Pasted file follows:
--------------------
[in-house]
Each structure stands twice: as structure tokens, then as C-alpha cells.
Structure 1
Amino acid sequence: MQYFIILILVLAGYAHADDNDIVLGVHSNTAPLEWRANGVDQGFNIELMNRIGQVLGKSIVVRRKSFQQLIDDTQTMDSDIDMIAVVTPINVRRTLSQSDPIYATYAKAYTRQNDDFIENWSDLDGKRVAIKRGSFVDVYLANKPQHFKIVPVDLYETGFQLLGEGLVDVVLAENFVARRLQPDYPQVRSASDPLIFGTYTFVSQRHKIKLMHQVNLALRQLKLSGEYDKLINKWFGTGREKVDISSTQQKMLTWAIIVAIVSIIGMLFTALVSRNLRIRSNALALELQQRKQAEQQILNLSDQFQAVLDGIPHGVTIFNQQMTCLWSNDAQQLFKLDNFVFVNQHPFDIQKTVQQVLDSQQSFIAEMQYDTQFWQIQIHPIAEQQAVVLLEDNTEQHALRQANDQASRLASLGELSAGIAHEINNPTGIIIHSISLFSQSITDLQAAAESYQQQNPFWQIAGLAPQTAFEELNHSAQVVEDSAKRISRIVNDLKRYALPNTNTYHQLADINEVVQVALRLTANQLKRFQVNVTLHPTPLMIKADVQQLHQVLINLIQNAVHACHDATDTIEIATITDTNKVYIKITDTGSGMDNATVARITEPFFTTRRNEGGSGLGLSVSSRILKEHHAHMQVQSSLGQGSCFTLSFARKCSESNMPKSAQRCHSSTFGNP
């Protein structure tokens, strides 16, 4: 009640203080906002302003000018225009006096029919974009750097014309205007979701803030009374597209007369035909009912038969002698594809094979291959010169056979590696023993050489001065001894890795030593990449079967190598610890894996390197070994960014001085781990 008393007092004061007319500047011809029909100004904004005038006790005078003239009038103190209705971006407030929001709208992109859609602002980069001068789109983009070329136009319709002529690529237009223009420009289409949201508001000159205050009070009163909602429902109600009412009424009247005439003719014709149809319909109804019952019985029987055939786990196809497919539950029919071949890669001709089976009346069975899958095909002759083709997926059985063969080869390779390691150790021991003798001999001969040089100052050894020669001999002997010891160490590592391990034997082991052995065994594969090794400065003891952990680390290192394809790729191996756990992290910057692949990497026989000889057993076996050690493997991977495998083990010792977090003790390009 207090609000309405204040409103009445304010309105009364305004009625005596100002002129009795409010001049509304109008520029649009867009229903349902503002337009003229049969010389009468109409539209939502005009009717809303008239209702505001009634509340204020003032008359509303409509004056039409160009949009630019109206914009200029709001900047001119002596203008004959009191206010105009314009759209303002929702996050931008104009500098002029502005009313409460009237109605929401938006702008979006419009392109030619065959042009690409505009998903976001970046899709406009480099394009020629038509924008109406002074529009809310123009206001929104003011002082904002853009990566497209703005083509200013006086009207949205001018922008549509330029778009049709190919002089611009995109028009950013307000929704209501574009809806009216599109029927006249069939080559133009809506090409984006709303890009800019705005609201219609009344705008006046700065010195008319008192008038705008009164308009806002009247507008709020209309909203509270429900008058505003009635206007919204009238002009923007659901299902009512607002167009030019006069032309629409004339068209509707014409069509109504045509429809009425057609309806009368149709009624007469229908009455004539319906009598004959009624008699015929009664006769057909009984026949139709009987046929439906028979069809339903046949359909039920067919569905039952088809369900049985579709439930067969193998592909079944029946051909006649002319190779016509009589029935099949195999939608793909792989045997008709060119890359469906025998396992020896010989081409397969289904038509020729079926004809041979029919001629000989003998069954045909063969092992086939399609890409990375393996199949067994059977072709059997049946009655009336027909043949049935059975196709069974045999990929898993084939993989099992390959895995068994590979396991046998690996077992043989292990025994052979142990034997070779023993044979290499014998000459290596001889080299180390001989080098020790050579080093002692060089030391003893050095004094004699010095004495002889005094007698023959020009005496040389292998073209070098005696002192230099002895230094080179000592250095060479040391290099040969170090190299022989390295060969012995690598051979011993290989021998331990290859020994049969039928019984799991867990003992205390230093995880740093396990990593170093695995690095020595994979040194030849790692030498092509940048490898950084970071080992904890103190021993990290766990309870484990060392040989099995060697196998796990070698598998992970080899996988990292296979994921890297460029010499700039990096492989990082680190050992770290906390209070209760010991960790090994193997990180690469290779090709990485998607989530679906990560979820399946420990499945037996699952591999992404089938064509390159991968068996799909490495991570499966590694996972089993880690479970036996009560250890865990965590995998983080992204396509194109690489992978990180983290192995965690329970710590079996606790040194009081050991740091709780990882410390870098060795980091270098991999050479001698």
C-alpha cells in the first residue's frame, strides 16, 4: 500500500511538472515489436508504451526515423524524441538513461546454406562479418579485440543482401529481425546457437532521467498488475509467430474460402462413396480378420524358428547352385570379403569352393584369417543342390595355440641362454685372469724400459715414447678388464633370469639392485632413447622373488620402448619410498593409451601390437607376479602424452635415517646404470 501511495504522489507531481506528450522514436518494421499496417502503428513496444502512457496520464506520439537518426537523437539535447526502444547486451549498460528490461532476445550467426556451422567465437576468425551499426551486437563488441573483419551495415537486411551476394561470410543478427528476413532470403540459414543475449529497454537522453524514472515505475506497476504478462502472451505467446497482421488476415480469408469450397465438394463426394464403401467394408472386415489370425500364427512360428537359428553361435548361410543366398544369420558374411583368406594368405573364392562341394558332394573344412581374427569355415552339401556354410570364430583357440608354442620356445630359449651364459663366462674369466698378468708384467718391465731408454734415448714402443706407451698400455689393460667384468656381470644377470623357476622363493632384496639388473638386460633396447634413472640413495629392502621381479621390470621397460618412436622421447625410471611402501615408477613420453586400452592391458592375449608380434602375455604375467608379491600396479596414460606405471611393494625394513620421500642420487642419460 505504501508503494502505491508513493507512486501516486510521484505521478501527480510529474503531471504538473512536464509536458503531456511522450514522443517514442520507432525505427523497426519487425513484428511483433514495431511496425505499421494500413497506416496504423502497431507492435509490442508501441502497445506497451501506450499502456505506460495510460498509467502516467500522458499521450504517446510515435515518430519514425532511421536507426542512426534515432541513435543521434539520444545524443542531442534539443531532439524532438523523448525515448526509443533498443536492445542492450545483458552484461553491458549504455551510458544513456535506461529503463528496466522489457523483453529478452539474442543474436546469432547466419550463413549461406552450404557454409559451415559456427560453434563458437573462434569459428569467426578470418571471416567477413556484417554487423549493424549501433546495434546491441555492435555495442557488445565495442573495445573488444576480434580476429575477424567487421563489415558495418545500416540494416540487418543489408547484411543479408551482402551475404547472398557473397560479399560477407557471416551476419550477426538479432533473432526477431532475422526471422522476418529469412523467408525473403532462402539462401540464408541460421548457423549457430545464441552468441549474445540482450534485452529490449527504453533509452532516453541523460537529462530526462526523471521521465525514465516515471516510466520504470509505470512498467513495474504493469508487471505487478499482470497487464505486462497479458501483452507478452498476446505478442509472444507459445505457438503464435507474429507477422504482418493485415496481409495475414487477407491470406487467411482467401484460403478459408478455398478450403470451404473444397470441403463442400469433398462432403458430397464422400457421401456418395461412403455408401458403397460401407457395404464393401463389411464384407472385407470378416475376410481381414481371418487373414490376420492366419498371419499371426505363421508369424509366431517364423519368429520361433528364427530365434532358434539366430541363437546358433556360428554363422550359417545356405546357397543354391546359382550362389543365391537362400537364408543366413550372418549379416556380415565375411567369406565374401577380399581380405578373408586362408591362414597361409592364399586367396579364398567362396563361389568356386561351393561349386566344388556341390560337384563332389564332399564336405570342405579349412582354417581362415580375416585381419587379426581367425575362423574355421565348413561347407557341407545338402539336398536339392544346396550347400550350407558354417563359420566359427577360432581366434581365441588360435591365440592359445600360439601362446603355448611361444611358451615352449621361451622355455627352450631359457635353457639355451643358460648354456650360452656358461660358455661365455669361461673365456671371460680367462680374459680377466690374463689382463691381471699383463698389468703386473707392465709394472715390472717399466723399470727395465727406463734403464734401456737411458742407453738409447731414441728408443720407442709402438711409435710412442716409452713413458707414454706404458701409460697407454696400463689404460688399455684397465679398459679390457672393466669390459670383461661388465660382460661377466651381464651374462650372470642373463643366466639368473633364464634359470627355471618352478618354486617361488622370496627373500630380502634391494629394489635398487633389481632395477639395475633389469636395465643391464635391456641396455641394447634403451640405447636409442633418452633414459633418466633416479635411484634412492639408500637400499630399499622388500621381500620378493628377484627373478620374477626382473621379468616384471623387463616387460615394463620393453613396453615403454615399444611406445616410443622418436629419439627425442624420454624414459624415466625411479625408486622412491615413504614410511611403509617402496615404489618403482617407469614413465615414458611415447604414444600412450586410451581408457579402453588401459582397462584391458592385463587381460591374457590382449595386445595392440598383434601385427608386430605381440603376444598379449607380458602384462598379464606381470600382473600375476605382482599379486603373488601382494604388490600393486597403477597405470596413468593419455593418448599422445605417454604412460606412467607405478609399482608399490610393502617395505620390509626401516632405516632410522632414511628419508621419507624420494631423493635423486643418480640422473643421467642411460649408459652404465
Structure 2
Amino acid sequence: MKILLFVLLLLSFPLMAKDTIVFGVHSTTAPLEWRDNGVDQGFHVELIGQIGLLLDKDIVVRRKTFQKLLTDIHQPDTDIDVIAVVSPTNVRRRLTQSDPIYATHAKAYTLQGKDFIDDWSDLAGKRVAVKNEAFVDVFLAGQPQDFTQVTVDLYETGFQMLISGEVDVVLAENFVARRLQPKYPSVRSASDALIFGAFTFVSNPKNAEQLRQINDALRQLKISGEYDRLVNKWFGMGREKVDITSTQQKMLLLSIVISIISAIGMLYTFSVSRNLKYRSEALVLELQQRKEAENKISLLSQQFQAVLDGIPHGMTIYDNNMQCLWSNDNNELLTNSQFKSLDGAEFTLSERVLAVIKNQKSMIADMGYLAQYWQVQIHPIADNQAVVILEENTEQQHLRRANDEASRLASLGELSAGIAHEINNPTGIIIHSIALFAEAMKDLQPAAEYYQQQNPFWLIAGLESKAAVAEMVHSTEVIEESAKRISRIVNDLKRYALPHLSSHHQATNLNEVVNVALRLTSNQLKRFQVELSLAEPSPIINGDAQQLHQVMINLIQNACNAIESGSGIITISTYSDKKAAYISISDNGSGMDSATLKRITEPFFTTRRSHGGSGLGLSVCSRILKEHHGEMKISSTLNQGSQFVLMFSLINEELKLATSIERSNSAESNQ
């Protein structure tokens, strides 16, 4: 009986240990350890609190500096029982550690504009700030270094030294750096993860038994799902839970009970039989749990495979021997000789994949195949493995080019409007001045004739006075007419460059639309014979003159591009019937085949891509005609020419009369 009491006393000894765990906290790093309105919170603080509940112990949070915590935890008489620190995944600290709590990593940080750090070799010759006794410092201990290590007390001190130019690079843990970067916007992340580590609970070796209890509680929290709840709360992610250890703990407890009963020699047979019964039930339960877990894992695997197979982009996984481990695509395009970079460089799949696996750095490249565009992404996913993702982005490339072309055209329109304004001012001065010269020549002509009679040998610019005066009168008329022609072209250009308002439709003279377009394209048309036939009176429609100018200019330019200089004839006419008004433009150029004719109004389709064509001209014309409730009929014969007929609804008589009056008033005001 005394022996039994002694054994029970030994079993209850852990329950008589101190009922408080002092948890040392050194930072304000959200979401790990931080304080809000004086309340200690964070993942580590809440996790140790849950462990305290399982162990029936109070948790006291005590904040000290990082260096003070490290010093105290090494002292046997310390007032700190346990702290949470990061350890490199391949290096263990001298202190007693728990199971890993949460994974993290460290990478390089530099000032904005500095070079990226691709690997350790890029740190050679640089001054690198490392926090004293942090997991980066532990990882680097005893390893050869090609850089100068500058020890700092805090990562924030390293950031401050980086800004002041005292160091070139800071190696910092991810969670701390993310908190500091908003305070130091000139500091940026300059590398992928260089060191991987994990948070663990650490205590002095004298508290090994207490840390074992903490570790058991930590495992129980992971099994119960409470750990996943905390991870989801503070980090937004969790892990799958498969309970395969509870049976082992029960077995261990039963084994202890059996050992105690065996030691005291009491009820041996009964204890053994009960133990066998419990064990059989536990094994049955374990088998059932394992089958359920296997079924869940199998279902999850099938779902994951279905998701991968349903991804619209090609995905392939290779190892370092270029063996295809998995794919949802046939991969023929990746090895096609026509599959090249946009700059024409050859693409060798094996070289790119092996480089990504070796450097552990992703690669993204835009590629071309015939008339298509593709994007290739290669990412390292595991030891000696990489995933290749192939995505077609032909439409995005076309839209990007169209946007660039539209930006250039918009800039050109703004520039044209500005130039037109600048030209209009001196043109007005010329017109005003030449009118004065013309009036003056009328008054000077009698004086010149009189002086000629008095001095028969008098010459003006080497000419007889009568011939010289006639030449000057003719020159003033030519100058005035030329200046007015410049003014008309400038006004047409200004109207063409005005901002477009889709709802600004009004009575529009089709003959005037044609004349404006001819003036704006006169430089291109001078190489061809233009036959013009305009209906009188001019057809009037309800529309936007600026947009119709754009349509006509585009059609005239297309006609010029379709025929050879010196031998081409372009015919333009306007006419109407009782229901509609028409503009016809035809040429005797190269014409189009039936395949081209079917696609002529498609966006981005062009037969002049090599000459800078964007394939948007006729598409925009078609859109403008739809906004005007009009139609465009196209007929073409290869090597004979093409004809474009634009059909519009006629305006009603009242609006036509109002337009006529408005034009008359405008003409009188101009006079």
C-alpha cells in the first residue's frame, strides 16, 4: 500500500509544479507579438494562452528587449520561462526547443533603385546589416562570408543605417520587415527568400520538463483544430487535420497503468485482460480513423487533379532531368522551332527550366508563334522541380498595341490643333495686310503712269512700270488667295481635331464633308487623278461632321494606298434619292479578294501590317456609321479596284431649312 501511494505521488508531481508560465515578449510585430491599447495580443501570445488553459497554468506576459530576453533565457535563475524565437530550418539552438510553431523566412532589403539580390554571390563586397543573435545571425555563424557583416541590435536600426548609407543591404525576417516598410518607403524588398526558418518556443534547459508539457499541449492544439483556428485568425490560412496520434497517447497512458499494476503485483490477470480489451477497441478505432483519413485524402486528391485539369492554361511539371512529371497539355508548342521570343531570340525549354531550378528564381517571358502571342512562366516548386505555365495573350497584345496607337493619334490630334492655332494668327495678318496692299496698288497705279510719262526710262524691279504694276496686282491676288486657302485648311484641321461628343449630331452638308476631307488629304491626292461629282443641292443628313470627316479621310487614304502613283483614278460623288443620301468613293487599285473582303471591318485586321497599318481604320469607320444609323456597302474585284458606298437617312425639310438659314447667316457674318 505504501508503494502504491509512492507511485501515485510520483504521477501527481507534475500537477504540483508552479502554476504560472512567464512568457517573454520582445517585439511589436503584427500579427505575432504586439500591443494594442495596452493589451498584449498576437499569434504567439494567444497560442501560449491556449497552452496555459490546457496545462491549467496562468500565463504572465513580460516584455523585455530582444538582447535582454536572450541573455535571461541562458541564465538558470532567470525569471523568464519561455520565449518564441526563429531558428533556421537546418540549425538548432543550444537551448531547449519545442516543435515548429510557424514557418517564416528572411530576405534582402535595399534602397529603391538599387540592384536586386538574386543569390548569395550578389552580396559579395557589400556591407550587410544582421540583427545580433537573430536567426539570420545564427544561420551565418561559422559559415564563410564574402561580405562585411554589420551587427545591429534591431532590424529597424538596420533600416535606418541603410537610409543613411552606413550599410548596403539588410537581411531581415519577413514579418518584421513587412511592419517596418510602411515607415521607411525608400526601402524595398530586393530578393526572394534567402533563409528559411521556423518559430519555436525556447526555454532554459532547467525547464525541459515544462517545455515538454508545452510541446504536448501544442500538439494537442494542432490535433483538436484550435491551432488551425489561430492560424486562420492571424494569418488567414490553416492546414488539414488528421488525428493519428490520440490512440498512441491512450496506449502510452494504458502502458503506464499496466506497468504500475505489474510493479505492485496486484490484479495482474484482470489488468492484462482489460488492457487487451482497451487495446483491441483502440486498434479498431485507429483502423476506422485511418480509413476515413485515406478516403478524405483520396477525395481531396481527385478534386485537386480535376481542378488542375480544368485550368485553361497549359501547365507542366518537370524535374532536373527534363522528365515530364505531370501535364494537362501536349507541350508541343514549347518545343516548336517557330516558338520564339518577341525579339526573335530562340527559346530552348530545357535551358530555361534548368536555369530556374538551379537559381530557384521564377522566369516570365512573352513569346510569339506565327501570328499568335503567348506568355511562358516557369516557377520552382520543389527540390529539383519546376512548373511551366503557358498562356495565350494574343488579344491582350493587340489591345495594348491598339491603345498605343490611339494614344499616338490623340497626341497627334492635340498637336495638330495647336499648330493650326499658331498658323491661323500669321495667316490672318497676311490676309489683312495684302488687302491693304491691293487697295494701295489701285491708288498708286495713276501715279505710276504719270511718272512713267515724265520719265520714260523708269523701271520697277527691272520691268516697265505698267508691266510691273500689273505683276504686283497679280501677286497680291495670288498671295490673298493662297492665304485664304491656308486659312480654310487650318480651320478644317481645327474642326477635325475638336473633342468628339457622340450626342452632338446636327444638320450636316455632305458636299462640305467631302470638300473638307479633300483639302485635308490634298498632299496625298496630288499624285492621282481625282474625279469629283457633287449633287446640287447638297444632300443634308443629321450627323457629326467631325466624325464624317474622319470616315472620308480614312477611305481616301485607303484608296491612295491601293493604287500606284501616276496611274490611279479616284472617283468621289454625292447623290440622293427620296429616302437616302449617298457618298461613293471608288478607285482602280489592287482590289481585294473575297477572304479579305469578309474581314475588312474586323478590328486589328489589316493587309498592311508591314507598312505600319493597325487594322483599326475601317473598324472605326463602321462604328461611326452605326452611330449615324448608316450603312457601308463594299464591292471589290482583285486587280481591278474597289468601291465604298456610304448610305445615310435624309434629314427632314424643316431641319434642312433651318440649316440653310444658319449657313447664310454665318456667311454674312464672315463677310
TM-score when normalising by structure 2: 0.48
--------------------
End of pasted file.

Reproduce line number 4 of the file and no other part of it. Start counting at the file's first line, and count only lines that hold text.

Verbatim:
Amino acid sequence: MQYFIILILVLAGYAHADDNDIVLGVHSNTAPLEWRANGVDQGFNIELMNRIGQVLGKSIVVRRKSFQQLIDDTQTMDSDIDMIAVVTPINVRRTLSQSDPIYATYAKAYTRQNDDFIENWSDLDGKRVAIKRGSFVDVYLANKPQHFKIVPVDLYETGFQLLGEGLVDVVLAENFVARRLQPDYPQVRSASDPLIFGTYTFVSQRHKIKLMHQVNLALRQLKLSGEYDKLINKWFGTGREKVDISSTQQKMLTWAIIVAIVSIIGMLFTALVSRNLRIRSNALALELQQRKQAEQQILNLSDQFQAVLDGIPHGVTIFNQQMTCLWSNDAQQLFKLDNFVFVNQHPFDIQKTVQQVLDSQQSFIAEMQYDTQFWQIQIHPIAEQQAVVLLEDNTEQHALRQANDQASRLASLGELSAGIAHEINNPTGIIIHSISLFSQSITDLQAAAESYQQQNPFWQIAGLAPQTAFEELNHSAQVVEDSAKRISRIVNDLKRYALPNTNTYHQLADINEVVQVALRLTANQLKRFQVNVTLHPTPLMIKADVQQLHQVLINLIQNAVHACHDATDTIEIATITDTNKVYIKITDTGSGMDNATVARITEPFFTTRRNEGGSGLGLSVSSRILKEHHAHMQVQSSLGQGSCFTLSFARKCSESNMPKSAQRCHSSTFGNP